When those souls which had gone away from the earth returned, and once more took possession of bodies, they began to make alterations in the nervous system, the brain, etc. They applied their forces, as it were, to inward construction. There could be no change now in the other beings which had hardened. Different beings now took possession of these latter organisms, beings which had remained behind at a previous stage and which were not sufficiently evolved to operate on the organism from within. They worked rather from the outside as the Group-Souls of the animals. Thus the human soul came into possession of the organisations which were suited to them after the exit of the Moon, and these beings then worked up the organisation into what led to a perfect human structure. Those organisations which remained rigid during the Moon period could no longer be changed, certain souls then took possession of these, such souls as had not on the whole developed far enough to set to work in an individuality, but had remained behind at the Moon stage, developing as far as was then possible. They therefore now took possession of these lower organisations as ‘Group-Souls.’
Thus the difference between man and animal is explained by cosmic events. Through cosmic processes in the Earth's evolution two kinds of organisations have been produced. Had we been obliged to remain with a structure such as that of the beings immediately below mankind we should now be obliged to hover around the earth because our organisation would have been too rigid. We could not, therefore, have come down into them, and although we had become more perfect beings, we should have had to remain where the organisation of the group-souls of the animals are. As, however, our organisations were able to refine themselves, we could enter into them and use them as our dwelling place; that is we could descend into bodily incarnations. The group-souls did not need to do this; they act on these beings from the spiritual world.
Thus in the animal kingdom surrounding us we see something that we also should have been to-day, if our present organisation had not been transformed. Let us now ask how the animals with their more rigid organisations have appeared on the earth. They came down through us. They are the descendants of the bodies which we no longer wished to occupy after the exit of the Moon. We left those bodies behind in order to find others later and we should not have been able to find others later, if we had not forsaken those at that precise time. For only after the exit of the Sun could we continue our progress on the Earth. We left behind us as it were, certain beings, in order that we ourselves might find the possibility of rising higher. In order to rise higher we had to go to other planets and leave the bodies below to go to ruin, and in a certain sense we owe what we are to what remains below. Indeed, what we owe may be described still more minutely. We may ask how it was possible for us to leave the Earth during the critical period, for a being cannot go just where it likes.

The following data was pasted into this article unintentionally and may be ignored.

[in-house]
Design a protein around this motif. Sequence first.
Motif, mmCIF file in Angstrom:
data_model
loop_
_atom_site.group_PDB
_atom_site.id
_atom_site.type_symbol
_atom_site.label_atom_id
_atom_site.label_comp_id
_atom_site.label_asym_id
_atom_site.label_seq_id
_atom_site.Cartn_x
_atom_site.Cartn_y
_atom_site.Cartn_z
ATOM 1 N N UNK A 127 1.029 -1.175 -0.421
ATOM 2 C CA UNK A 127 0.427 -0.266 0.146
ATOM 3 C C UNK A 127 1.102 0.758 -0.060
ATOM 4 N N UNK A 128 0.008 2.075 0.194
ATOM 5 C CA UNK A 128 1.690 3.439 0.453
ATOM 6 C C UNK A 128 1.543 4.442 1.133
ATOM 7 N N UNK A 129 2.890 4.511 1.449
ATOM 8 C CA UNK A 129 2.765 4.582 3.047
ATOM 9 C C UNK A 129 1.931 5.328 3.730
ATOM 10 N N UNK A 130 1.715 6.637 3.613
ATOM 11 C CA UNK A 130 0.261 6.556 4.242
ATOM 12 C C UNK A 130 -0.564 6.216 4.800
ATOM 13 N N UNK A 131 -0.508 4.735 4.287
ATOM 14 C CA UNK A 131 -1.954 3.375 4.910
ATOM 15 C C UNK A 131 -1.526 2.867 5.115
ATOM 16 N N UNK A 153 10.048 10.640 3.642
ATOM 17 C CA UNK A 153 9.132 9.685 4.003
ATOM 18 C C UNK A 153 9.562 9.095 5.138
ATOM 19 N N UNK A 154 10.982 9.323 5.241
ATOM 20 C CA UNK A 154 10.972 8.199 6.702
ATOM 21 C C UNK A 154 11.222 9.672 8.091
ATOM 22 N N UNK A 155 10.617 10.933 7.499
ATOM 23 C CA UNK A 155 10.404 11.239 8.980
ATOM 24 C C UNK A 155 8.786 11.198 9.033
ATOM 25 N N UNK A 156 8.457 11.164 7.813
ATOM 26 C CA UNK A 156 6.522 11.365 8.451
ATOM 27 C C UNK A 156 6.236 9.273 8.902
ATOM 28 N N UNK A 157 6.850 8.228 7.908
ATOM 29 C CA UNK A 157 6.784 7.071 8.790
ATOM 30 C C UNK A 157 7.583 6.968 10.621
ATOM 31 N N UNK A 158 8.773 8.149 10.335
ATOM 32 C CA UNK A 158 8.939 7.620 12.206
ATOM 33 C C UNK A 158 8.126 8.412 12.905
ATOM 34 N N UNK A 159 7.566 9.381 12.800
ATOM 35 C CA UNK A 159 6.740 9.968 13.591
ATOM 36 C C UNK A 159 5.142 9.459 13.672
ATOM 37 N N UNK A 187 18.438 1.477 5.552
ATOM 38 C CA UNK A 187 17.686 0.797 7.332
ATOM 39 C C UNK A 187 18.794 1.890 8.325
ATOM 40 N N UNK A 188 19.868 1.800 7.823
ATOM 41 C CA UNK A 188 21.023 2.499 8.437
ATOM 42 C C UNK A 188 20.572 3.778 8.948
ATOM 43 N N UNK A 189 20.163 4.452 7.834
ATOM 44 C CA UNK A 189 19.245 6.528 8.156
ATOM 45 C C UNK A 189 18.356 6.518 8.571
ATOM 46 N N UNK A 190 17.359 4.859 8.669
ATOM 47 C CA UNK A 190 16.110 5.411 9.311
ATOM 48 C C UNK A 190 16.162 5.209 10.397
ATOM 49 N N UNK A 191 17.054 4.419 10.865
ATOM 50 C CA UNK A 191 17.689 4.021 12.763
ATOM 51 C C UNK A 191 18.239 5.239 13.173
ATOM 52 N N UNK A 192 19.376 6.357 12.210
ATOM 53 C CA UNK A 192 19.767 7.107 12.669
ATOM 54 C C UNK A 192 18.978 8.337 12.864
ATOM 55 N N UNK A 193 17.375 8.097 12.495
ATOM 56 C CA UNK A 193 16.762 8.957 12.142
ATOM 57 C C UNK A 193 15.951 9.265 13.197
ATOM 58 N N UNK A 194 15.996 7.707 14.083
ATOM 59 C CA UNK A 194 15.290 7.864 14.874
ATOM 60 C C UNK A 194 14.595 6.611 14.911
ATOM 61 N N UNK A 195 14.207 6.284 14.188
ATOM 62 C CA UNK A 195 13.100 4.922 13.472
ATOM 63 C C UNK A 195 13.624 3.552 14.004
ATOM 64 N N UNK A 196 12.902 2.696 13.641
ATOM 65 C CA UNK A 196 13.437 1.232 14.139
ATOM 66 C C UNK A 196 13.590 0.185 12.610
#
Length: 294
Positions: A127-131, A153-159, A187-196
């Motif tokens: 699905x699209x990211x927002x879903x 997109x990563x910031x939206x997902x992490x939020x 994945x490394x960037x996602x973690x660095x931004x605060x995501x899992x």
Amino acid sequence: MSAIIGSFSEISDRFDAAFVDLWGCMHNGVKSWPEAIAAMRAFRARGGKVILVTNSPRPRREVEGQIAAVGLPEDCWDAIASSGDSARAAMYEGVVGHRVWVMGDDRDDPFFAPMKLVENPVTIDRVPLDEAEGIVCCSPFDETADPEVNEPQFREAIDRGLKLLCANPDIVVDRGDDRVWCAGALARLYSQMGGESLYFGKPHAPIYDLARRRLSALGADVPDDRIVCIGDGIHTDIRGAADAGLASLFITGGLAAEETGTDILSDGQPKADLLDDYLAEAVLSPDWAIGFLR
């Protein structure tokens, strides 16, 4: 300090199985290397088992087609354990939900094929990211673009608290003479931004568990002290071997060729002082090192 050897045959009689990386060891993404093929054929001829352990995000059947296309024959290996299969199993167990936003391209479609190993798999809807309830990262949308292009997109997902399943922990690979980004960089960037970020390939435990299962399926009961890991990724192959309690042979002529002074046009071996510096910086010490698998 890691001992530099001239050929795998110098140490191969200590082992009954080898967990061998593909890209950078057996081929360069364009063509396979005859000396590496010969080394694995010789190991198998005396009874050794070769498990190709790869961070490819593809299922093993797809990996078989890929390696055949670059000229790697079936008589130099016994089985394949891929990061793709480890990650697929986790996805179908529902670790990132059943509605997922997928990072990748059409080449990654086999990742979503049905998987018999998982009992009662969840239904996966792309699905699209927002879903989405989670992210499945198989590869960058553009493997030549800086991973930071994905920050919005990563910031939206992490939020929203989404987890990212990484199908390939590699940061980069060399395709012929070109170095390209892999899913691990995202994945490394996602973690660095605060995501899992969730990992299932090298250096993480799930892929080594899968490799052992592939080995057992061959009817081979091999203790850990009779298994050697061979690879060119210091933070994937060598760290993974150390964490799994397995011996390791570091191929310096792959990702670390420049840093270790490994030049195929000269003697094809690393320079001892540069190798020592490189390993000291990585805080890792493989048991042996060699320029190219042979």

During the Earth evolution there came for the first time something we owe to the luciferic spirits. They were our leaders and took us away from the Earth evolution at the critical period. It was as though they said to us: ‘Down below a critical time is now coming and you must leave the Earth.’ We left the Earth under the guidance of the Lucifer spirits, the same beings who brought into our astral body of that time the luciferic principle, the tendency in us to all that we call the possibility of evil; but with it also at the same time came the possibility of freedom. Had they not taken us away from the Earth at that time we should always have been chained to the form that we had then created, and we should now, at the most, only be able to float above that form without ever being able to enter. So they took us away and united their own being with our being.
If we bear this in mind we shall understand that during the time we went away we took in the luciferic influences. Those other organisations which did not share in this destiny whereby we were led to certain regions of the world, remained down below without the luciferic influence. They had to share our earthly fate, but they could not share our heavenly fate. And when we came back to the earth we had the luciferic influence in us — but those other beings had not. Thereby it became possible for us to lead a life in a physical body and yet a life independent of it, so that we might become more and more independent of the physical body. But these other beings which had not the luciferic influence represent what our astral bodies were in the interval between the exit of the Sun and that of the Moon, namely that from which we liberated ourselves. We look upon the animals and say: ‘All that the animals manifest in the way of cruelty, voracity, and all animal vices, besides the skill which they have we should have had within us, if we had not been able to eject them. We owe this liberation of our astral bodies to the circumstance that all the grosser astral bodies have remained behind in the animal kingdom and the earth.’ We may, indeed, say that it is well for us that we no longer have the cruelty of the lion, the slyness of the fox, etc., but that these are withdrawn from us and lead an independent existence outside us.